<expr Direct
<expr,X Direct Indexed by X 
<expr,Y Direct Indexed by Y
>expr Absolute Long (65816 only)
>expr,X Absolute Long Indexed by X (65816 only)
[expr] Long Indirect (65816 only)
[expr],Y Long Indirect Indexed (65816 only)
(expr,X) Indexed Indirect
(expr),Y Indirect Indexed
(expr,S),Y Stack Relative Indirect Indexed (65816 only)
(expr) Indirect
|expr Absolute
|expr,X Absolute Indexed by X
|expr,Y Absolute Indexed by Y
expr Absolute or Direct
expr,X Absolute or Direct Indexed by X
expr,Y Absolute or Direct Indexed by Y 
expr,S Stack Relative (65816 only)

If the absolute address of the target memory location is known the assembler will attempt to generate the smallest instruction (e.g. direct page instead of absolute). The explicit direct (< expr) and absolute (| expr or !expr) allow the programmer to specify an exact addressing mode for expressions which are not absolute, for example those referencing external symbols.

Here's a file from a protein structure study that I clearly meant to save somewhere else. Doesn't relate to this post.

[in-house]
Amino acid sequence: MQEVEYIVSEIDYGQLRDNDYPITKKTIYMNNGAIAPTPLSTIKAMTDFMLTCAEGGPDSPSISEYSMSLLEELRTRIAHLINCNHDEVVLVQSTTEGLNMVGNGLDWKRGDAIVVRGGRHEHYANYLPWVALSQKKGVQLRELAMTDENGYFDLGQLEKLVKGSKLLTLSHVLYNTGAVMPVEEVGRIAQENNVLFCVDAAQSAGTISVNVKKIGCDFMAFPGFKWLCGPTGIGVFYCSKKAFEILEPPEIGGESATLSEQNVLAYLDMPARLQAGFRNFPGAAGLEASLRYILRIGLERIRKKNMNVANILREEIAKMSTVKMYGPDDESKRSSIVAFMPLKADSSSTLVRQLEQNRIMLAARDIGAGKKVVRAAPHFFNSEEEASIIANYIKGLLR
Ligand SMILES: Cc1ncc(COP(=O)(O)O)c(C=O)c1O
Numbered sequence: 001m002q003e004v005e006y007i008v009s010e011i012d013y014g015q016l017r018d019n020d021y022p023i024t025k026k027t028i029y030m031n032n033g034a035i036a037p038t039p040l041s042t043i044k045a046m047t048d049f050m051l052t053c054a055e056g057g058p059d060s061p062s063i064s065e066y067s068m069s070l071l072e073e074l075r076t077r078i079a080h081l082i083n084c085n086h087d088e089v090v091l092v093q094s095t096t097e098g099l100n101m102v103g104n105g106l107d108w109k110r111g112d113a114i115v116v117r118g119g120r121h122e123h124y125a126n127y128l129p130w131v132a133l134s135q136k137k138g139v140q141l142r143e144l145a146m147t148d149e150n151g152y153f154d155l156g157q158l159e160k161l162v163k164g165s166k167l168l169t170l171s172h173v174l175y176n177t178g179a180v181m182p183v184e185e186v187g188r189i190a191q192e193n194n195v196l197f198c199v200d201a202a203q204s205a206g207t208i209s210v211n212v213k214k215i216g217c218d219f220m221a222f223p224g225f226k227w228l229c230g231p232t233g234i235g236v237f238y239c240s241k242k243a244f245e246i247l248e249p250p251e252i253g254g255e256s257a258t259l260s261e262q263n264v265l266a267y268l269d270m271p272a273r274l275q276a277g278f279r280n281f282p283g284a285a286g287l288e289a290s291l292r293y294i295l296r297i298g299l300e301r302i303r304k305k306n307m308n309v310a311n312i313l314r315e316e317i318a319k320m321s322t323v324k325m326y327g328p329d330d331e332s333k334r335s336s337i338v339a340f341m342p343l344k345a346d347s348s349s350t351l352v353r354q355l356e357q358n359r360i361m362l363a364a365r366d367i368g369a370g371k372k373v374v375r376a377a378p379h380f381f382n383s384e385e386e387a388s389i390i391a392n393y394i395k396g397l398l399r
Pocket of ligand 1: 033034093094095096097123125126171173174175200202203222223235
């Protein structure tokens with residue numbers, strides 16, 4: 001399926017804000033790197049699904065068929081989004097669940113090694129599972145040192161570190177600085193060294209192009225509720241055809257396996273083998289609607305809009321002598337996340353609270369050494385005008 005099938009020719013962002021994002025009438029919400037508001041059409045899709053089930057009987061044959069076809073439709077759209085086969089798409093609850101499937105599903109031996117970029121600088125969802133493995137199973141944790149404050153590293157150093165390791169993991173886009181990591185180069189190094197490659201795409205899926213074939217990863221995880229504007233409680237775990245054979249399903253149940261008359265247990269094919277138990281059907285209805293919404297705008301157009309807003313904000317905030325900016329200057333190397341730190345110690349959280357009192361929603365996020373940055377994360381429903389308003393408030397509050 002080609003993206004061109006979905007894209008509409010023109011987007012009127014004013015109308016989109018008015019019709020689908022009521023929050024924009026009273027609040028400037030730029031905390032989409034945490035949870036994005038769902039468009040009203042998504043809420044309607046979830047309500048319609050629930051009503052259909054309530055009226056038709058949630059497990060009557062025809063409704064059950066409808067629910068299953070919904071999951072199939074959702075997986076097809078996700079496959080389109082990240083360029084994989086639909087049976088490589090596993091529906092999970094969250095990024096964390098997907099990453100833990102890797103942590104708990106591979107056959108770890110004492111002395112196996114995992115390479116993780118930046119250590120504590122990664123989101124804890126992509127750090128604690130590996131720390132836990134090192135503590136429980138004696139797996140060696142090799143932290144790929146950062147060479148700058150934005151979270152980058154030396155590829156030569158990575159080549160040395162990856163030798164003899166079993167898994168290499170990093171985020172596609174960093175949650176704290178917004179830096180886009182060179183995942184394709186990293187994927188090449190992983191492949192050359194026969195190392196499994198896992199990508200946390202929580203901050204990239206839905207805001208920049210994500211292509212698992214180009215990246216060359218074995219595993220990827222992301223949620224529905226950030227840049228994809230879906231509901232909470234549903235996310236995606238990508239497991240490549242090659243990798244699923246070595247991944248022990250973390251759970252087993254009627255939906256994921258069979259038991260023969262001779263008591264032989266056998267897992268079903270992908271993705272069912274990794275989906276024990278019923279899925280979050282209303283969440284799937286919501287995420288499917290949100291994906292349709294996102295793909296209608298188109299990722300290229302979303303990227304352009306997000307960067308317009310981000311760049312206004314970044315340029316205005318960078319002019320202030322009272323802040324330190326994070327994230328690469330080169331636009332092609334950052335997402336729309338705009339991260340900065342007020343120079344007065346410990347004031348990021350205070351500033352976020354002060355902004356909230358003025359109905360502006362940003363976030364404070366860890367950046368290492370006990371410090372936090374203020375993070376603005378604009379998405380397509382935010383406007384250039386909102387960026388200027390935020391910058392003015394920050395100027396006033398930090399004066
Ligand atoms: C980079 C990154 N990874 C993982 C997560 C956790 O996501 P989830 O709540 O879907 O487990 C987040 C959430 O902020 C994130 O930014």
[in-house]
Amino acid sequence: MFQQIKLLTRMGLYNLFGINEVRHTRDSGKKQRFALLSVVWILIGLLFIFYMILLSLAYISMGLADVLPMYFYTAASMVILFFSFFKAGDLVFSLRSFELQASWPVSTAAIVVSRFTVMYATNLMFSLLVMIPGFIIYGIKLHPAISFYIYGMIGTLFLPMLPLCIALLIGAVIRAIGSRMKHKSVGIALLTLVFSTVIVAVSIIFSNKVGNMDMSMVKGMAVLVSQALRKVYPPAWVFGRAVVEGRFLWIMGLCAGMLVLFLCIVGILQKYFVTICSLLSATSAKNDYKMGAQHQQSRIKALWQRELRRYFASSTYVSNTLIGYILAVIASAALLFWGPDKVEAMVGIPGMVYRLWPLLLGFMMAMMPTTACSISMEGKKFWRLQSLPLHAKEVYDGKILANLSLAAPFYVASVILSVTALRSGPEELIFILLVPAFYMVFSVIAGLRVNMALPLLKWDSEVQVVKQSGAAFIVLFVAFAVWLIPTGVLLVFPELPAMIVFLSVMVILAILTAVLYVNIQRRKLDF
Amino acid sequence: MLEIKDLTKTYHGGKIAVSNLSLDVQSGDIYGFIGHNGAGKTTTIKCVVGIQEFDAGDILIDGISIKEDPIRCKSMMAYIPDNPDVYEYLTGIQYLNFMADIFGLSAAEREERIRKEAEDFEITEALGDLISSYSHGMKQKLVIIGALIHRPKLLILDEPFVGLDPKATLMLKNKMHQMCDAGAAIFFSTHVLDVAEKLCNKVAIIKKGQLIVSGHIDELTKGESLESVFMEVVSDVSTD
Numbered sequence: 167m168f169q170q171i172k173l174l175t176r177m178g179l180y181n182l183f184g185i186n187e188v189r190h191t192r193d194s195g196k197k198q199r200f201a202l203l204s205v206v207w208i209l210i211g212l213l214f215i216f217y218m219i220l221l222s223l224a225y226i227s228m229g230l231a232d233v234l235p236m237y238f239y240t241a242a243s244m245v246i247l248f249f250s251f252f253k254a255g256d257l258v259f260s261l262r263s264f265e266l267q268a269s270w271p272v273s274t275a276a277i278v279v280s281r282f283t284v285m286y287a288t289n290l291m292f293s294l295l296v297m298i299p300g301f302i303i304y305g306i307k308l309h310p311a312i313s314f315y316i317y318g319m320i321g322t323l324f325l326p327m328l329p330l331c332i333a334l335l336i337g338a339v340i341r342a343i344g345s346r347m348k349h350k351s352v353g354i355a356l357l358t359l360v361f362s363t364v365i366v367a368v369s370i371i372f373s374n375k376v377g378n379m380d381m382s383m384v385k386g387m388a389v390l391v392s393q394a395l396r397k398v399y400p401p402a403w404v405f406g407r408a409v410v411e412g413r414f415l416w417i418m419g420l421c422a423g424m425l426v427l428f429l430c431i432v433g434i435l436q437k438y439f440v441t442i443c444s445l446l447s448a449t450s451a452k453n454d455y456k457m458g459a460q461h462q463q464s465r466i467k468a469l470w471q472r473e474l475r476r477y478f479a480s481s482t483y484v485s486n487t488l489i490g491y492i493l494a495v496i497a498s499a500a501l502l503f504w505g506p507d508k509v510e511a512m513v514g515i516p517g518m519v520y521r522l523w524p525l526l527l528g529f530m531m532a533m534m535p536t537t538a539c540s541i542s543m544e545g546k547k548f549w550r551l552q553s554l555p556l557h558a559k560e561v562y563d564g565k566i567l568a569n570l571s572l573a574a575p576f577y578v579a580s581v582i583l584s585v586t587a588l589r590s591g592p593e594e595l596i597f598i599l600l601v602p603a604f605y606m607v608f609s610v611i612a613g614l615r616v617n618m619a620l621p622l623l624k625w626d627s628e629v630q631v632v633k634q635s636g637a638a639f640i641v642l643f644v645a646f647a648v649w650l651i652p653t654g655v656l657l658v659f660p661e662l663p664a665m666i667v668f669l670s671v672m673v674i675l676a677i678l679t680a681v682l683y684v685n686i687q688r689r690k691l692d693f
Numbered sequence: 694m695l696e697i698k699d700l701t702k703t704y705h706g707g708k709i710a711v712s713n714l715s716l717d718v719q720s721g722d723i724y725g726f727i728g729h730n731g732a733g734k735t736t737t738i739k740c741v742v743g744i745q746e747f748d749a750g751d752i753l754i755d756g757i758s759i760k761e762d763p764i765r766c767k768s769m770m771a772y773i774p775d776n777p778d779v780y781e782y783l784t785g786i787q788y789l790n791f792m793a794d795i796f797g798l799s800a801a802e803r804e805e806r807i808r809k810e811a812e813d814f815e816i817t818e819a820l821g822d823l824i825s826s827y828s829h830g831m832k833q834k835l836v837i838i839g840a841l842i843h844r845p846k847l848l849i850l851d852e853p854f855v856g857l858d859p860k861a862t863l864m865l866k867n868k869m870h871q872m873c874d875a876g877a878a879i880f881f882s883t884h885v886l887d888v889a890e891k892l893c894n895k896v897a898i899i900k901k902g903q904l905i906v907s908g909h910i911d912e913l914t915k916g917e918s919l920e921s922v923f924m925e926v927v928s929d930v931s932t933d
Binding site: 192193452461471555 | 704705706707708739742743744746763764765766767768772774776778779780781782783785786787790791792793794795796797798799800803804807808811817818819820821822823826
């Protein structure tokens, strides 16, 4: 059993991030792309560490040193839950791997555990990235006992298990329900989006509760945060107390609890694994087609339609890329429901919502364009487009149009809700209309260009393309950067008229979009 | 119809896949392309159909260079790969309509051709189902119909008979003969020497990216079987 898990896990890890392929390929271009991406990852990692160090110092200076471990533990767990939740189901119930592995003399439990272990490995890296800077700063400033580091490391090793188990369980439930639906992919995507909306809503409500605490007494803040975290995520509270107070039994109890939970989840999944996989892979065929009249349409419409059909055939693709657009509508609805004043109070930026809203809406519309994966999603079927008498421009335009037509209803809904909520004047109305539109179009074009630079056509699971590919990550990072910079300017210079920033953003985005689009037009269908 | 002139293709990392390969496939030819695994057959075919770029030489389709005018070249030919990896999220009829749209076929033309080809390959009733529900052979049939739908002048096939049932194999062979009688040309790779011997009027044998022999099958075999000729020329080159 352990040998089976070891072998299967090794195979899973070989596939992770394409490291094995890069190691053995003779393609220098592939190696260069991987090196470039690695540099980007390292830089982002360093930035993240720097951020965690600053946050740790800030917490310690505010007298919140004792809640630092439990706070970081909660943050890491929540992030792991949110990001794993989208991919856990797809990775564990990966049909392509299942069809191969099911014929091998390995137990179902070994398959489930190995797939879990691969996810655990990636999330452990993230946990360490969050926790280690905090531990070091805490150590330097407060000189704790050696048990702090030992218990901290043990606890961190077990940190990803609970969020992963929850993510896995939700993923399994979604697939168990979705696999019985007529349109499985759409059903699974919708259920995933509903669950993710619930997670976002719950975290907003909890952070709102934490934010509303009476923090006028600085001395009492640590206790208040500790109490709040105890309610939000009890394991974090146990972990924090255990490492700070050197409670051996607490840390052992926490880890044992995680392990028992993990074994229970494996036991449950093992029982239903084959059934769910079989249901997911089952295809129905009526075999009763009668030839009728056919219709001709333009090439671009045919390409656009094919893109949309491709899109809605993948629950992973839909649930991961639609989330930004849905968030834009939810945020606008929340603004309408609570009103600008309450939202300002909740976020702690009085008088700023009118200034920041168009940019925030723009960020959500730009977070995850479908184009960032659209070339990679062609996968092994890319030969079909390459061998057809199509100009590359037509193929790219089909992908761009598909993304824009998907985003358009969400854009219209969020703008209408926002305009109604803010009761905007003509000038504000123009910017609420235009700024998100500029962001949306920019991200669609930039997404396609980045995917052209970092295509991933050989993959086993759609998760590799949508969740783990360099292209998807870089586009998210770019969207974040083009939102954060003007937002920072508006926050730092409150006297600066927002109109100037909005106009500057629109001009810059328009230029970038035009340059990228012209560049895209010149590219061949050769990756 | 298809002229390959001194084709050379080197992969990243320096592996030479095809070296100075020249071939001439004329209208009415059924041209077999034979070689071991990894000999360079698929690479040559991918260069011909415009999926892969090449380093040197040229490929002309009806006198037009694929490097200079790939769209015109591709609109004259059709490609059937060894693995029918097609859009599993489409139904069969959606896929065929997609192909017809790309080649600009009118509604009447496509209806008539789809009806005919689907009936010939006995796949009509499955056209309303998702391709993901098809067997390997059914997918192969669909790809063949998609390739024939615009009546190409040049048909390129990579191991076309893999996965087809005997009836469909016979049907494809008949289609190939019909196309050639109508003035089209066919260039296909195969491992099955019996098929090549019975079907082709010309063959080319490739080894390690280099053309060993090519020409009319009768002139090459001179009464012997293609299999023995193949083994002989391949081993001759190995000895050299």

The assembler allows the implied addressing mode to be used with shift and rotate instructions and treats it as if the accumulator mode had been specified.

BRK & COP

The BRK and COP instructions are usually documented as implied although they both expect the opcode to be followed by a data byte and the PC is incremented by two.

The assembler allows these instructions to be used either in the normal implied way or with the immediate addressing mode to specify the data byte. For example the following results in the same code.

         BRK             ; Normal usage
        .BYTE $7E

        BRK #$7E        ; Generate opcode and data byte together

Code Sections